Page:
Opponents say the studies DEC used only examine the effects of the
chemicals individually, not in a cocktail mix as Klukwan, Inc. will
actually spray them. Opponents assert the mixing could cause
unanticipated and unstudied effects on people, fish, and wildlife and
could harm the traditional and commercial uses of the areas on and
near Long Island.

"DEC has selectively ignored credible, peer-reviewed scientific
evidence that these chemicals are harmful to people's health and that
children are particularly vulnerable. They are serving the interests
of the corporation and not fulfilling their mandate to protect public
health," states Pamela Miller, Executive Director of Alaska Community
Action on Toxics.

According to Southeast Alaska Conservation Council, many people feel
DEC has brushed aside their concerns. The agency refused to hold a
public hearing in Ketchikan, even though 84 people signed a petition
requesting one. Over 99% of the 1,298 total comments DEC received for
this permit (918 comments) and the previous permit (380 comments)
opposed spraying.

Tom Morrison, Mayor of Hydaburg says, "People are worried. DEC has
totally neglected an overwhelmingly negative response, and hasn't
answered valid, concrete questions. Nobody has ever come up and said
'this is good for people and good for Alaska.""

Mayor Morrison said the Haida people in the area have hunted, fished,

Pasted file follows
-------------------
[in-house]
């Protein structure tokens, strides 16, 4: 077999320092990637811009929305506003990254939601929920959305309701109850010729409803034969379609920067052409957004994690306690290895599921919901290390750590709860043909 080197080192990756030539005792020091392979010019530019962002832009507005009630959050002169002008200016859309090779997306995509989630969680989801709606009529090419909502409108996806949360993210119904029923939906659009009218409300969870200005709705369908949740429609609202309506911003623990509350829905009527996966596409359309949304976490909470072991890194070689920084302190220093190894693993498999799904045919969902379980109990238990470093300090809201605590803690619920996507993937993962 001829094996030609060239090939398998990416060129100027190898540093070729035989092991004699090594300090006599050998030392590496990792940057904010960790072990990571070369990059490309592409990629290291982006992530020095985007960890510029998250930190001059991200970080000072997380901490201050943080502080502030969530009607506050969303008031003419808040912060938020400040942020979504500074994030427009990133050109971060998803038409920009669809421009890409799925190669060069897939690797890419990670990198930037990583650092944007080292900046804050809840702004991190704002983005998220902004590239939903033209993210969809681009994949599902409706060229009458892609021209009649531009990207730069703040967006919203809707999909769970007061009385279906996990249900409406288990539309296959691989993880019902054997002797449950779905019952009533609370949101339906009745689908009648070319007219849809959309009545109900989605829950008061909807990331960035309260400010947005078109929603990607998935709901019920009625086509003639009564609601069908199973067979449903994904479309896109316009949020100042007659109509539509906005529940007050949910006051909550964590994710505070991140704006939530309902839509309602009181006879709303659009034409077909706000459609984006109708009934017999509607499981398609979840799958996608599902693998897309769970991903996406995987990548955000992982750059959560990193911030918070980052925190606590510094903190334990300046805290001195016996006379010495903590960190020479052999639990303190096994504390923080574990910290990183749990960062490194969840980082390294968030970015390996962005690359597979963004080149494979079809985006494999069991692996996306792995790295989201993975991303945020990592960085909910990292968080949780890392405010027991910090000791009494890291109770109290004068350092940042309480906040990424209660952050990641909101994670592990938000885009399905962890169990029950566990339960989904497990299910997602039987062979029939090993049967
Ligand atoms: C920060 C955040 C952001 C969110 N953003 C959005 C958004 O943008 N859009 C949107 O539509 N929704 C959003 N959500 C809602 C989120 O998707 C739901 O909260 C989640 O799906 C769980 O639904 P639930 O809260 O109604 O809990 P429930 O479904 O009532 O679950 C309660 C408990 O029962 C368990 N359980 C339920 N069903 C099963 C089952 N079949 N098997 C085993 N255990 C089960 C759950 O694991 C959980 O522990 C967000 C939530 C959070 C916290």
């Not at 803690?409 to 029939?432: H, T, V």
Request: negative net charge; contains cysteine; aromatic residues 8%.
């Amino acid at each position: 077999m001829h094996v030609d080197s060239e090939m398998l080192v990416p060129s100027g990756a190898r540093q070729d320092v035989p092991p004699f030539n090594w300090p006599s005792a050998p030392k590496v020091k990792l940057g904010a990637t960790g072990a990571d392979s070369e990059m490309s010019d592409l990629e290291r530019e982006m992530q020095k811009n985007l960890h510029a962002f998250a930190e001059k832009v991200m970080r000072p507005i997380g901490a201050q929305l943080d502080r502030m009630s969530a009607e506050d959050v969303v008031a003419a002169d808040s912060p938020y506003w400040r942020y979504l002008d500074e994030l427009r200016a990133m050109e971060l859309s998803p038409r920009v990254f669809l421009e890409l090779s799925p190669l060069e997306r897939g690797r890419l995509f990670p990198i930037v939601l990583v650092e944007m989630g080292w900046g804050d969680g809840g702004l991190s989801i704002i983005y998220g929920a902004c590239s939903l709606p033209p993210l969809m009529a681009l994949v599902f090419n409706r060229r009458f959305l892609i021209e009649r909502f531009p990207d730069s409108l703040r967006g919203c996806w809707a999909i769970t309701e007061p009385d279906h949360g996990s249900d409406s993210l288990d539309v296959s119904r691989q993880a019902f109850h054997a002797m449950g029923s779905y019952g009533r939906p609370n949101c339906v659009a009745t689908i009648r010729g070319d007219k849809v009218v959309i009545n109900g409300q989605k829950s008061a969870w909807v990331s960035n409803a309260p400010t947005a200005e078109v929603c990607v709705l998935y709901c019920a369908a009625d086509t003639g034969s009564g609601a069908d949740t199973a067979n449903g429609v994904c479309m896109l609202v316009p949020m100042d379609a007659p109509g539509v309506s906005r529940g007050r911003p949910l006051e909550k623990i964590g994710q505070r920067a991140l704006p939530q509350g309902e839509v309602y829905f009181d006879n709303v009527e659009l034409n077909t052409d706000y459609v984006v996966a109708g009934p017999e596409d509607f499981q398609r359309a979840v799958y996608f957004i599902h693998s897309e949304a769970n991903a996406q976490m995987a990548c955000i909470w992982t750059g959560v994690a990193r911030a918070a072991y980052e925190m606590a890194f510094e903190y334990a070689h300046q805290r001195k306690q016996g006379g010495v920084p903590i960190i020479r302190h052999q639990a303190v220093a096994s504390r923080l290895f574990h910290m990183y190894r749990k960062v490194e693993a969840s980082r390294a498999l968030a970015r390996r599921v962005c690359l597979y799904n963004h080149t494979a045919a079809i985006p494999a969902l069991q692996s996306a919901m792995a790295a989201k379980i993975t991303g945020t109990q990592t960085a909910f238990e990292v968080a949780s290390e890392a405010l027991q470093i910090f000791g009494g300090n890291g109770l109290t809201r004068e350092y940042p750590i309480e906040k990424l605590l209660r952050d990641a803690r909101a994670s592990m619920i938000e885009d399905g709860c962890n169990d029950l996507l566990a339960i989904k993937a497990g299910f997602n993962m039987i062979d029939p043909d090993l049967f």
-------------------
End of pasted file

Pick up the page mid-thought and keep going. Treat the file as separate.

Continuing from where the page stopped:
and gathered traditional foods and medicines on Long Island for
generations. There are options for clearing the alder and
salmonberries other than spraying pesticides, such as mechanical

Rob Sanderson, a Haida who lives in Ketchikan and President of the
Ketchikan chapter of Central Council Tlingit and Haida, said "The
Haida have strong ancestral ties to Long Island. It is a place our
families used for generations past and that we use now, yet DEC
refuses to listen to our concerns about how spraying pesticides where
we get our food will affect us. It's a hideous plan. Why can't they
put a thinning crew out there?"

Kimberly Strong, Tribal Council President of Chilkat Indian Village of
Klukwan, said "This permit goes against traditional tribal values of
mutual respect for people and their traditional use areas."

"I have grandchildren, and my concern is for children and the